Where age is just another number

Helen Ward

Almost a million children are taught in mixed-age primary classes. Helen Ward finds out why and looks at how schools go about it.

Mixed-age classes, where children of different year groups are taught together, are fairly common. All local authorities have schools that operate them.

Government statistics from 2002 show that around one-third of primary classes are mixed age.

There are two main reasons for the approach: economic necessity or a belief that such teaching is better for pupils. But studies of mixed-age classes in primary schools have shown that they are almost always introduced through economic necessity.

In 1983, Neville Bennett, then professor of educational research at the University of Lancaster, found that 70 per cent of those operating mixed-age classes did so for this reason.

For this reason, mixed-age classes are often seen as a compromise and parents can, and do, object.

Gill Heslop, head of Easington Lane Primary in Sunderland, had to introduce mixed-aged classes 10 years ago when her pupil numbers fell below a viable level.

"There were problems in the beginning, particularly with parents." she says. "We had to reassure them that no matter where their child was, they would get the education and curriculum they needed.

"They think the classes change from year to year and couldn't accept that their child would be in the same class the following year."

Mark Purcell, head at St Clare's Catholic School in Preston, which has a mixed receptionYear 1 class and a mixed Y1Y2 class, said: "We have an induction evening in June where I talk to parents and fill them in on what takes place.

"Parents can be concerned about their children going into the mixed receptionY1 class because their children are just starting school.

"I ask the parents of the children from the previous year to talk to the new ones. It's easy for me to say it is fine, but it works better if parents who have lived through it can let the others know what it's like."

Parents' concerns usually stem from the belief that their child is being held back, or worries about younger pupils being isolated. But there is little evidence that children are disadvantaged academically by mixed-age classes.

Advocates of the approach believe it is beneficial. They say pupils develop cognitively and socially through mixing with older and younger children. Older children in particular can benefit from becoming "experts" and explaining things to the younger ones.

There is also the advantage that older children who are below average for their age do not have to feel a failure in a mixed group.

Valerie Wilson, former director of the Scottish Council for Research in Education at the University of Glasgow, reviewed all the studies on mixed age - also known as composite classes - in 2003. She concluded that the evidence was equivocal: there was no proof that mixed-age groups adversely affected pupils' performance, but evidence did exist that they could gain socially.

Colin Richards, emeritus professor at the University of Cumbria, said: "There is no evidence that mixed-age groups per se result in lower attainment. There is evidence that mixed-age classes, particularly when the groups are small - around 20 to 24 children - do have a positive social advantage.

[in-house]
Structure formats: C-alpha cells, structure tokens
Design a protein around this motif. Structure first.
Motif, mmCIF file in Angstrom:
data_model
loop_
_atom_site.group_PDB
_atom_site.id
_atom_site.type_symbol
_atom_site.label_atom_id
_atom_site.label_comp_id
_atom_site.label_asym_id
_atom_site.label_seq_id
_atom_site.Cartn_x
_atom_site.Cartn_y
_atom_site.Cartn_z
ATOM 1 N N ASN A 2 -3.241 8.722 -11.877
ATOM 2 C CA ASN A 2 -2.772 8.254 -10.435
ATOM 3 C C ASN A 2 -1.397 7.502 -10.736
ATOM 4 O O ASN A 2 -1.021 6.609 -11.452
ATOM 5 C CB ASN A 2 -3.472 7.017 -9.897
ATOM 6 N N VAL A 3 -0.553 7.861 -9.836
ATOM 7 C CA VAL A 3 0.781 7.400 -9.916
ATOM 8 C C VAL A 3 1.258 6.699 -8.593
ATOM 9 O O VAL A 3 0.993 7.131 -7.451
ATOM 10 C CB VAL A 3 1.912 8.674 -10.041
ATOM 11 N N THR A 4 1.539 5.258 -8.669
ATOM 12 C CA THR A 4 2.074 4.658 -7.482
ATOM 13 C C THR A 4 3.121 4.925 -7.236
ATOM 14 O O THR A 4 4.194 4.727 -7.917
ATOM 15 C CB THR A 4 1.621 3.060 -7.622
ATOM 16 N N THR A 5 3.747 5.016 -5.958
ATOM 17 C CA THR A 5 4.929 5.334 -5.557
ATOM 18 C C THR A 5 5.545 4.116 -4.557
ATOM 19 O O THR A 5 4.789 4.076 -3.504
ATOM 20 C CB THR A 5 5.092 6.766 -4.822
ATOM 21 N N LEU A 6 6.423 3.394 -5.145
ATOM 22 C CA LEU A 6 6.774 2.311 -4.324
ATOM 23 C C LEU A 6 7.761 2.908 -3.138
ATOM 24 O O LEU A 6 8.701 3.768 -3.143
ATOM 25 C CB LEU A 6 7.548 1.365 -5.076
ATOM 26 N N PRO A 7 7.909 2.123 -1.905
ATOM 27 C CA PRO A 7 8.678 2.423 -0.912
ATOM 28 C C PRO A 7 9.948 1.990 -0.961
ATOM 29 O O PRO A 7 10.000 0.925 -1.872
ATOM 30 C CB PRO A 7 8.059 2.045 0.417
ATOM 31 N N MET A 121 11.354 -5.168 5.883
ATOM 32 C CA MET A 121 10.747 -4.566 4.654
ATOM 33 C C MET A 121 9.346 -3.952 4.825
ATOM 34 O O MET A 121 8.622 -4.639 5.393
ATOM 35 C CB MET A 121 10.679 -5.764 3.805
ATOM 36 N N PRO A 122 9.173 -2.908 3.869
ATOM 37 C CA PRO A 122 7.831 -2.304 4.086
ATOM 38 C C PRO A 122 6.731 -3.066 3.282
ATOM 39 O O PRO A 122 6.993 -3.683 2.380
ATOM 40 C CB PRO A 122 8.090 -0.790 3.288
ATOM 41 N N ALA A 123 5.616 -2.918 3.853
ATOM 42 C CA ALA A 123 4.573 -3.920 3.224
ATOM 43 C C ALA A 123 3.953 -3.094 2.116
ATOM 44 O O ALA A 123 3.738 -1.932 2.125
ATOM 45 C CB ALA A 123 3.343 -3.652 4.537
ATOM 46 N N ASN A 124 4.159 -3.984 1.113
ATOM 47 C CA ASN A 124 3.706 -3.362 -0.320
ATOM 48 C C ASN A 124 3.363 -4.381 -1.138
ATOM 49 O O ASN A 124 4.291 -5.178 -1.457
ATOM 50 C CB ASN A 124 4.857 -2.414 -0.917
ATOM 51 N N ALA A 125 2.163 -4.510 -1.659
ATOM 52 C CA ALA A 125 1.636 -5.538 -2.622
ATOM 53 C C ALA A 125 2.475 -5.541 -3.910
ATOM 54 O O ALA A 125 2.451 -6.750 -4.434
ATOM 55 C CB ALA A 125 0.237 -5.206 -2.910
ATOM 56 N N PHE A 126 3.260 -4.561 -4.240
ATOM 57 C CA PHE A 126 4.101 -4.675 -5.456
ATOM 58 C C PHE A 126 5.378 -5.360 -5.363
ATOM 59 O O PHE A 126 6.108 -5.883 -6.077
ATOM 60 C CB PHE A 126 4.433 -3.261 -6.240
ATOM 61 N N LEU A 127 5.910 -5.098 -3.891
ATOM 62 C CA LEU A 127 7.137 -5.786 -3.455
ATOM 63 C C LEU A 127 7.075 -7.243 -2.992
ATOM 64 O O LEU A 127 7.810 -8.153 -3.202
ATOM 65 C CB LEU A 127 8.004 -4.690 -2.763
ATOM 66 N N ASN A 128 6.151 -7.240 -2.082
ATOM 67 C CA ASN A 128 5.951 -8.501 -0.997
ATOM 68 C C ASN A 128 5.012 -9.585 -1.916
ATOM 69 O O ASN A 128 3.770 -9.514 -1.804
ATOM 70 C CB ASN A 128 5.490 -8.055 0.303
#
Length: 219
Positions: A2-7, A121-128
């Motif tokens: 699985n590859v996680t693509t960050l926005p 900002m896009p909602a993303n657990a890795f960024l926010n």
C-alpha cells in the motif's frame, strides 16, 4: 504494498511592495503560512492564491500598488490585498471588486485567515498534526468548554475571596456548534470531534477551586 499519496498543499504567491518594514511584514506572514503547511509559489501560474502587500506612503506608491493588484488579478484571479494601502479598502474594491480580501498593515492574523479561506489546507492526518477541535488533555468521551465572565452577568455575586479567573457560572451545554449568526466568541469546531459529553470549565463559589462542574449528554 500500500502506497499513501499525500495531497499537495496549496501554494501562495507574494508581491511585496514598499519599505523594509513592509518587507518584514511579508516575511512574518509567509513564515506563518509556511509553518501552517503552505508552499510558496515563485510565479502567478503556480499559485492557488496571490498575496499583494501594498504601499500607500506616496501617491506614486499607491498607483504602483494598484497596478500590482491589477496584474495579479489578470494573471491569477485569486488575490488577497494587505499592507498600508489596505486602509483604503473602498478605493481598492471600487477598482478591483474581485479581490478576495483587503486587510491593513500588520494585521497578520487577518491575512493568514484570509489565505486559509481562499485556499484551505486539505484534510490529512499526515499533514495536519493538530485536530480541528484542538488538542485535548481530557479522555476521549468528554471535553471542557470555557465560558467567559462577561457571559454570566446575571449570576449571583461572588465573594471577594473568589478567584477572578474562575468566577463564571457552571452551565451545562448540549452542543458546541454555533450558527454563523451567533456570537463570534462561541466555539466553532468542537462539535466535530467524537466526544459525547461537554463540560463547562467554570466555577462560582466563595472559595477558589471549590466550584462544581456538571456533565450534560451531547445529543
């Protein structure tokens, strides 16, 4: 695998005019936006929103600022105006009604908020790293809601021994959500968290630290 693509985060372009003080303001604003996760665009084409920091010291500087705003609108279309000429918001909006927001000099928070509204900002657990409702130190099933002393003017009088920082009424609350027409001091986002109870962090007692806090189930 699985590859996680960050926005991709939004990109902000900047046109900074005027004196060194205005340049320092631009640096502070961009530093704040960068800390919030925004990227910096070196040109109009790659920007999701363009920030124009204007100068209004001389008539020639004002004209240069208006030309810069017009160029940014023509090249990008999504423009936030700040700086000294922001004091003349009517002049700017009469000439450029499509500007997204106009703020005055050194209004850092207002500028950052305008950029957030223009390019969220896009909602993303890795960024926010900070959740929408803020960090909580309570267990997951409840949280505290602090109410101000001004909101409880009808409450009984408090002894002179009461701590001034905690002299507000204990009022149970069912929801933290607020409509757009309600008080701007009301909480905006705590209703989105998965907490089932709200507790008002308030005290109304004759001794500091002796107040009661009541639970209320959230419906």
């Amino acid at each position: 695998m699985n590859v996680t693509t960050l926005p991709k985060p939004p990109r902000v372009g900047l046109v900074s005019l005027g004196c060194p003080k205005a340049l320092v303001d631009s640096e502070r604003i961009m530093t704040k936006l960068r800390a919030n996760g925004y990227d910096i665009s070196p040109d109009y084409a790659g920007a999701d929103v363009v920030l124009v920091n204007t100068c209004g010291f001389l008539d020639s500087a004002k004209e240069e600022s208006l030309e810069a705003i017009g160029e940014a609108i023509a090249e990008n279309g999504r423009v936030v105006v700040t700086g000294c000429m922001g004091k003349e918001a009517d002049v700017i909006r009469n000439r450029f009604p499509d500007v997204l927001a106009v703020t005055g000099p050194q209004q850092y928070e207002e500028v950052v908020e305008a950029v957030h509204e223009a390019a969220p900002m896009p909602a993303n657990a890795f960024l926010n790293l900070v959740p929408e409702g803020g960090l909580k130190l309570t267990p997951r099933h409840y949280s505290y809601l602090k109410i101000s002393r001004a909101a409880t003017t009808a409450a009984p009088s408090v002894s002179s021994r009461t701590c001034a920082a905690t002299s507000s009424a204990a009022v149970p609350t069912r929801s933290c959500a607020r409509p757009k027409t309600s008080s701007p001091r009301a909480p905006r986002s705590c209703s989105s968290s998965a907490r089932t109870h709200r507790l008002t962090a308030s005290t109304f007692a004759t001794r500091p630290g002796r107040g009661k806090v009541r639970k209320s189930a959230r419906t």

"The real problem is if there are 35 pupils-plus in a mixed-age group. Then there are probably no social advantages."

But it is not only parents who need to be won round. Teachers may also be worried about moving to mixed-age classes with more complex lesson plans.

Professor Richards said: "Teachers facing it for the first time will find it more difficult to organise."

Once the decision to have mixed-age groups is made, there is then the question of how to organise it.

A study of schools in one London borough by Dr Chris Berry, then at the Institute of Education, found that the most common ways of assigning pupils were by ability and by age, so the oldest pupils in Y1 were in the same class as the youngest in Y2. This also had the advantage of ensuring summer-born children were not always the youngest in their class.

But grouping by age was already in place when Mr Purcell arrived at St Clare's six years ago. "I arrived in April and inherited the system," he said. "The next year the 12 oldest children starting school happened to all be girls. It was a nightmare: they didn't necessarily get on and the range of abilities was immense."

Now the school assesses children during their first two weeks in reception, when they attend part-time. They are then assigned to either reception-only or the mixed receptionY1 class, largely by ability but also taking parental preference and friendship groups into account.


- Talk to parents. Involve other parents if possible.

- Recognise teachers will need extra support in planning.

- Decide your rationale for grouping pupils. What works well in one school will not necessarily be best for you.

- But keep class lists flexible: allow children to move if they are not getting on with their new classmates.

- Mixed-age classes mean new classmates each year. Get a programme going to help instil teamwork for the children - and their teacher.

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Helen Ward

Helen Ward

Helen Ward is a reporter at Tes

Find me on Twitter @teshelen

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